It is in this state of Massachusetts, so rich in its tradition, that there resides the subject of the present sketch. About halfway between Boston and Worcester, in the quiet, homelike town of Framingham, on a winding road just off the main street, lives Meta Warrick Fuller, one of America's foremost female sculptors.

There are three little boys in the family. They keep their mother very busy; but they also make her very happy. Buttons have to be sewed on and dinners have to be prepared for the children of an artist just as well as for those of other people; and help is not always easy to get. But the father, Dr. S. C. Fuller, a distinguished physician, is also interested in the boys, so that he too helps, and the home is a happy one.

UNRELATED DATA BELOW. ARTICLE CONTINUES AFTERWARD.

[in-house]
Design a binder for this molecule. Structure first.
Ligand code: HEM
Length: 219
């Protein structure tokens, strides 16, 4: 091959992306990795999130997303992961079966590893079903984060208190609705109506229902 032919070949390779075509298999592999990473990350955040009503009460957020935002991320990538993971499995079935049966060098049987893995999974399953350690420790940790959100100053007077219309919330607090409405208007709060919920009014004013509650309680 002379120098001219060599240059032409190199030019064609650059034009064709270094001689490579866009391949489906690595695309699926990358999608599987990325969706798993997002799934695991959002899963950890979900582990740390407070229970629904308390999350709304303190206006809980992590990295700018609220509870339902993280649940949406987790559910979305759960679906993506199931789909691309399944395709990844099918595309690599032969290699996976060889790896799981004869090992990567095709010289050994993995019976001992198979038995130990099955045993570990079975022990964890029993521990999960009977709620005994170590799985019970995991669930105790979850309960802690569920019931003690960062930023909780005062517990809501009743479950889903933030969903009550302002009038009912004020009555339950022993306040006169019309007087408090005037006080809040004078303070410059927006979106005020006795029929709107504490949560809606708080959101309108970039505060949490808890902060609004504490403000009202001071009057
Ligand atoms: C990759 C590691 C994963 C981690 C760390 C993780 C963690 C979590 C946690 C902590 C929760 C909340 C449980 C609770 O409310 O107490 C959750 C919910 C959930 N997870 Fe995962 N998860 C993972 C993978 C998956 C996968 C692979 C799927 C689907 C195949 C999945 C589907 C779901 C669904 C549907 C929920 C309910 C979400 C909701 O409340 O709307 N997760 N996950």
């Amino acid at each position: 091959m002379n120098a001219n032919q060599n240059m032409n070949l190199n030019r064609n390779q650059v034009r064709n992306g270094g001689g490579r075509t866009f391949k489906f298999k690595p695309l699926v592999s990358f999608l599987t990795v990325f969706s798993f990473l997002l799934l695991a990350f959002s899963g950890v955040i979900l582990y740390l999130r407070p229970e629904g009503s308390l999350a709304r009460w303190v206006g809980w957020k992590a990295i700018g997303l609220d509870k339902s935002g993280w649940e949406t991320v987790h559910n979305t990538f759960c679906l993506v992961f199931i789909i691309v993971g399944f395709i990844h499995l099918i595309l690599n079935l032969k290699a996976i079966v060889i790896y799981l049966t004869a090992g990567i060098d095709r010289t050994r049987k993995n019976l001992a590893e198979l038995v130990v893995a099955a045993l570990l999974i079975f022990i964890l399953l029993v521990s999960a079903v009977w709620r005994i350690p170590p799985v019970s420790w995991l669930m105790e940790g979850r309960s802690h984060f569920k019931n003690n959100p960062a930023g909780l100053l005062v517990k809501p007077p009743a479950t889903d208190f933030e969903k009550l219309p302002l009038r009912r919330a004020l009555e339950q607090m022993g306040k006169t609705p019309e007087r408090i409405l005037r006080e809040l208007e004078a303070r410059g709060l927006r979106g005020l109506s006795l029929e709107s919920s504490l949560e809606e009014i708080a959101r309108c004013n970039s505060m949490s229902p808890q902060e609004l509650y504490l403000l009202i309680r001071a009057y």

At the top of the house is a long roomy attic. This is an improvised studio—or, as the sculptor would doubtless say, the workshop. Hither, from the busy work of the morning, comes the artist for an hour or half an hour of modeling—for rest, and for the first effort to transfer to the plastic clay some fleeting transient dream.